</span>
```

```
Df Sum Sq Mean Sq F value Pr(>F)
Sex 1 35.9 35.94 18.162 2.25e-05 ***
Salary 2 9.4 4.70 2.376 0.0936 .
Sex:Salary 2 3.0 1.51 0.761 0.4674
Residuals 859 1699.9 1.98
---
Signif. codes: 0 '***' 0.001 '**' 0.01 '*' 0.05 '.' 0.1 ' ' 1
386 observations deleted due to missingness
```

# APA formatted output

The `psycho`

package include a simple function, `analyze()`

that can be applied to an ANOVA object to format its content.

```
<span class="n">analyze</span><span class="p">(</span><span class="n">aov_results</span><span class="p">)</span><span class="w">
</span>
```

```
- The effect of Sex is significant (F(1, 859) = 18.16, p < .001) and can be considered as small (Partial Omega-squared = 0.019).
- The effect of Salary is not significant (F(2, 859) = 2.38, p = 0.09°) and can be considered as very small (Partial Omega-squared = 0.0032).
- The interaction between Sex and Salary is not significant (F(2, 859) = 0.76, p > .1) and can be considered as very small (Partial Omega-squared = 0).
```

It formats the results, computes the partial omega-squared as an index of effect size (better than the eta2, see Levine et al. 2002, Pierce et al. 2004) as well as its interpretation and presents the results in a APA-compatible way.

# Correlations, t-tests, regressions…

Note that the `analyze()`

method also exists for other statistical procudures, such as correlations, t-tests and regressions.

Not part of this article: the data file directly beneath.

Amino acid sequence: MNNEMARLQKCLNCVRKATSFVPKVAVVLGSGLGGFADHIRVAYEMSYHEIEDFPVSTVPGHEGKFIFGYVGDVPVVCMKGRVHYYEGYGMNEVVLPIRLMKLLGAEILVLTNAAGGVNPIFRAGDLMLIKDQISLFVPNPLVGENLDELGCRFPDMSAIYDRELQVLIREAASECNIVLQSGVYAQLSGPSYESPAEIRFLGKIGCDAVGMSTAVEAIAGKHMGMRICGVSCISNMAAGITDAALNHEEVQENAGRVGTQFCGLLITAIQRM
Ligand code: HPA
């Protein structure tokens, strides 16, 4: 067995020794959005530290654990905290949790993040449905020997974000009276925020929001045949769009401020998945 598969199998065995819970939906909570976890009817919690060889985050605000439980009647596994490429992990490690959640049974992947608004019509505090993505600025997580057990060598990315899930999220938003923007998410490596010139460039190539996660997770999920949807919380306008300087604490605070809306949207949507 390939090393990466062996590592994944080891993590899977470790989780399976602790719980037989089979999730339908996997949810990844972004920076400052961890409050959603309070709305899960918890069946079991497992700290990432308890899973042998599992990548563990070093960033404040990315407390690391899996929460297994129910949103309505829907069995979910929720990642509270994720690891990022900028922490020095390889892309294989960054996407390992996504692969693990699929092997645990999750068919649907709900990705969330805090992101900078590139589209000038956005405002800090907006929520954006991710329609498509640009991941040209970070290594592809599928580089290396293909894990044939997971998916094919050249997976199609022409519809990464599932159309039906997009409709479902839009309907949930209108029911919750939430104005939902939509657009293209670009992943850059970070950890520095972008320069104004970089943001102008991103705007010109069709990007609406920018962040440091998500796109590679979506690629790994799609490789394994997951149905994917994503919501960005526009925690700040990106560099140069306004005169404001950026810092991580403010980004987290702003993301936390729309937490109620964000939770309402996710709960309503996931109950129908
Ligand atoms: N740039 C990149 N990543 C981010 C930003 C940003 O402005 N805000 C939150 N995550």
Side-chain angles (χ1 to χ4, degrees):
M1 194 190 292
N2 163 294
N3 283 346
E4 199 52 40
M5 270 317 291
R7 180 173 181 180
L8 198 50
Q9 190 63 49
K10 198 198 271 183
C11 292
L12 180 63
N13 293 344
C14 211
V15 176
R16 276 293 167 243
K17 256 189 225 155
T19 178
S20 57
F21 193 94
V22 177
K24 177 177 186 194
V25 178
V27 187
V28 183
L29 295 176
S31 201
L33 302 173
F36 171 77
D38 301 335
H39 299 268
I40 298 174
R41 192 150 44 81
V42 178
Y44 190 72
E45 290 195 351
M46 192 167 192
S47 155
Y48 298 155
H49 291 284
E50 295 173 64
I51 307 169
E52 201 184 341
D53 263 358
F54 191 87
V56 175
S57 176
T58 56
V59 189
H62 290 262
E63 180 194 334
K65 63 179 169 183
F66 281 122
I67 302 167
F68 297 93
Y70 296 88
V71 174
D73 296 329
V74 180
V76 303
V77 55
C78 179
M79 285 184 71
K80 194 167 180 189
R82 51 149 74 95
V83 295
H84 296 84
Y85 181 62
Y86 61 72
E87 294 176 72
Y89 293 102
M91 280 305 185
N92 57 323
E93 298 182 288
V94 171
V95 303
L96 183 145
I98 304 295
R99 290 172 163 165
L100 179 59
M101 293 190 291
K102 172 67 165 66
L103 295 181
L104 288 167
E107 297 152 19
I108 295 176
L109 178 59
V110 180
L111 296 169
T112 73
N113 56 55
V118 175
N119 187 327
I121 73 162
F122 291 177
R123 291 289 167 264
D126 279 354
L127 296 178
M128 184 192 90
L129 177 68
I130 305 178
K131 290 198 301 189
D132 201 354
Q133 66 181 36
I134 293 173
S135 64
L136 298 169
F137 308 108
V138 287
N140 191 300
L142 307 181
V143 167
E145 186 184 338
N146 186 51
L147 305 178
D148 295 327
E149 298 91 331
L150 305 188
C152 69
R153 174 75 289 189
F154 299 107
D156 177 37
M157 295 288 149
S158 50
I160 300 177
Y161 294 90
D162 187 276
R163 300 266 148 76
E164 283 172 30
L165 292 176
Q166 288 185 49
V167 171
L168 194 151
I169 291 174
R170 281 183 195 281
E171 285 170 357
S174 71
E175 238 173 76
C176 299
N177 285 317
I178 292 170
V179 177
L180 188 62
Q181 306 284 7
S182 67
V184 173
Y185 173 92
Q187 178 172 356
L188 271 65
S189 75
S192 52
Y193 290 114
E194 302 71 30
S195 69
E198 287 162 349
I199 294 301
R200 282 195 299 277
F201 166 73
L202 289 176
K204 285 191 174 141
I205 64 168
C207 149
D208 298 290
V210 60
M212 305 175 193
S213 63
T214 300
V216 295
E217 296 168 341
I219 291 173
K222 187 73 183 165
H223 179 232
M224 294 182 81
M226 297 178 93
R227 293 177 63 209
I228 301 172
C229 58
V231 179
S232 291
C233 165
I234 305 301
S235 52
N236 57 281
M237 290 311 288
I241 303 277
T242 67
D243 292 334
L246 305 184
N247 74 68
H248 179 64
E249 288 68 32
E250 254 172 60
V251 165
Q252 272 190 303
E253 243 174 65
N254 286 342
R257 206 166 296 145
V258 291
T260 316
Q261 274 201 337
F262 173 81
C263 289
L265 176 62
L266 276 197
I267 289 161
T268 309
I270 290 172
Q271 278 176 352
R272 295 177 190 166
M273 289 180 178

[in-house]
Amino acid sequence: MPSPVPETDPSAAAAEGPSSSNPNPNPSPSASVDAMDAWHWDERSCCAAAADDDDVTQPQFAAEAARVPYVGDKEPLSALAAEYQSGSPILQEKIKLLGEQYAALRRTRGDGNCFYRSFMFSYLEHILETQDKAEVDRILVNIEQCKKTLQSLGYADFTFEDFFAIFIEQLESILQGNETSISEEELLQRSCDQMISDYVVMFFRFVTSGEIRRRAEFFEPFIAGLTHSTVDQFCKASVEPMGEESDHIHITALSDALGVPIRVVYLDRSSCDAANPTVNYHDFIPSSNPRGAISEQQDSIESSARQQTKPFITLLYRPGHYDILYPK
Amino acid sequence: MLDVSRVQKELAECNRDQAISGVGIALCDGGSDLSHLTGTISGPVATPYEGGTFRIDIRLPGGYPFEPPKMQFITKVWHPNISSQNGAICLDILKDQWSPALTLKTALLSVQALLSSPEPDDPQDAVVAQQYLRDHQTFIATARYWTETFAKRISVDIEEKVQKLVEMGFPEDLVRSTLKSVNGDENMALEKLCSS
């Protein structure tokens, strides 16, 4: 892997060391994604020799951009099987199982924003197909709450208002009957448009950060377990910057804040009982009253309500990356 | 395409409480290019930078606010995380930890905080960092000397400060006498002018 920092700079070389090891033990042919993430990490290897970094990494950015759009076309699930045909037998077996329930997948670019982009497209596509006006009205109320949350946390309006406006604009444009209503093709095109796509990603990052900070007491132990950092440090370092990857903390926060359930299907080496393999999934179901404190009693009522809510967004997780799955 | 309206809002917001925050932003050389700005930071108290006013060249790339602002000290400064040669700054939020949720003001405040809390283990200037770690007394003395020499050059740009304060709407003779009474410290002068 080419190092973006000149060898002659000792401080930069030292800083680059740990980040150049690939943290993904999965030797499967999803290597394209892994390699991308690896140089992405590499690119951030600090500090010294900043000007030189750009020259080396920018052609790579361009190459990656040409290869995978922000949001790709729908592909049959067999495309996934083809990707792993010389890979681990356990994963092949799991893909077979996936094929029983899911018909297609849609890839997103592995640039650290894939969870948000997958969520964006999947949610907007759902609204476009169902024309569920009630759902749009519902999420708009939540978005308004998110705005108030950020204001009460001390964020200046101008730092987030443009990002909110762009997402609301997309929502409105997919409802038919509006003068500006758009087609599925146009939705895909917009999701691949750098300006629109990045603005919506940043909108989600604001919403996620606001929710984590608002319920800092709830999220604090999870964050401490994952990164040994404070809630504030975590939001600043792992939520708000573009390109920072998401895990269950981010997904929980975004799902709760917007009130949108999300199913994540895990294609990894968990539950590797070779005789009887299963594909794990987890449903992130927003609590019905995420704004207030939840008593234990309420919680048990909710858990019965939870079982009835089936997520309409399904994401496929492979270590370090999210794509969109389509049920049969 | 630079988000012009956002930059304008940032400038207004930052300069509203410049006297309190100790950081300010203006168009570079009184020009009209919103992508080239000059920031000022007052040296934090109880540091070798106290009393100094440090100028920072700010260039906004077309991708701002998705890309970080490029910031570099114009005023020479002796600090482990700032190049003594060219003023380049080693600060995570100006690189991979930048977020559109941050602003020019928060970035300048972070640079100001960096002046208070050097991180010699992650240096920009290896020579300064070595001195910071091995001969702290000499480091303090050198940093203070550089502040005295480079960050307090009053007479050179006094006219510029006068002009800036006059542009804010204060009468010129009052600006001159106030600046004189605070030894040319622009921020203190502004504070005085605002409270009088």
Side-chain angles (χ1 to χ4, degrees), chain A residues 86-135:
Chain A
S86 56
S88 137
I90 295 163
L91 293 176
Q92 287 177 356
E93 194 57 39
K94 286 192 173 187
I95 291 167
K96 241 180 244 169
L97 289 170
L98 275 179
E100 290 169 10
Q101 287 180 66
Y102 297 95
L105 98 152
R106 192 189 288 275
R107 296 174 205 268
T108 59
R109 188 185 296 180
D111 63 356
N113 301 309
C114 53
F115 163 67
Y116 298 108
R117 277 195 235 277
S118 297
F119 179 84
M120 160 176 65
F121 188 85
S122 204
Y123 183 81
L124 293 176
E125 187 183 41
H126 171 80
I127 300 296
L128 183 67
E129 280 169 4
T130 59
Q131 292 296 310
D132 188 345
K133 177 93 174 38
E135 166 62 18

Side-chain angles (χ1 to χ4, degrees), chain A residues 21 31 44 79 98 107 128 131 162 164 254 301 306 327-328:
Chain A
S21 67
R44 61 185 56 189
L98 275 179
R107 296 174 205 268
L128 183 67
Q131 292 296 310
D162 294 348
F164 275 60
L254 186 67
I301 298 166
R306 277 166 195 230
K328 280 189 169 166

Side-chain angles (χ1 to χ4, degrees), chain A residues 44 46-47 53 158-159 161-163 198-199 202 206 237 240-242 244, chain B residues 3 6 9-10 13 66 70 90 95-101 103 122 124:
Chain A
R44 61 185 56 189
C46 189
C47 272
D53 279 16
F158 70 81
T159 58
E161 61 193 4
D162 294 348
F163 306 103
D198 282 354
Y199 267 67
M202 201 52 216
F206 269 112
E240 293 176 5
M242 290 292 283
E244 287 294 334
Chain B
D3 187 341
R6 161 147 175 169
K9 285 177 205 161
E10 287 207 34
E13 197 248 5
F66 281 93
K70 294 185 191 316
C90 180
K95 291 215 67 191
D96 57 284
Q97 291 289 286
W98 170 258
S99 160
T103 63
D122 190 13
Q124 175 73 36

# Evolution

Of course, these reporting standards should change, depending on new expert recommandations or official guidelines. **The goal of this package is to flexibly adaptive to new changes and good practices evolution**. Therefore, if you have any advices, opinions or such, we encourage you to either let us know by opening an issue, or even better, try to implement them yourself by contributing to the code.

# Credits

This package helped you? Don’t forget to cite the various packages you used 🙂

You can cite `psycho`

as follows:

- Makowski, (2018).
*The psycho Package: An Efficient and Publishing-Oriented Workflow for Psychological Science*. Journal of Open Source Software, 3(22), 470. https://doi.org/10.21105/joss.00470

# On similar topics

- Variable vs. Participant-wise Standardization
- Formatted Correlation with Effect Size
- Extracting a Reference Grid of your Data for Machine Learning Models Visualization
- Copy/paste t-tests Directly to Manuscripts
- Easy APA Formatted Bayesian Correlation
- Fancy Plot (with Posterior Samples) for Bayesian Regressions
- How Many Factors to Retain in Factor Analysis
- Beautiful and Powerful Correlation Tables
- Format and Interpret Linear Mixed Models
- How to do Repeated Measures ANOVAs
- Standardize (Z-score) a dataframe
- Compute Signal Detection Theory Indices
- Installing R, R Studio and psycho

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**Dominique Makowski**.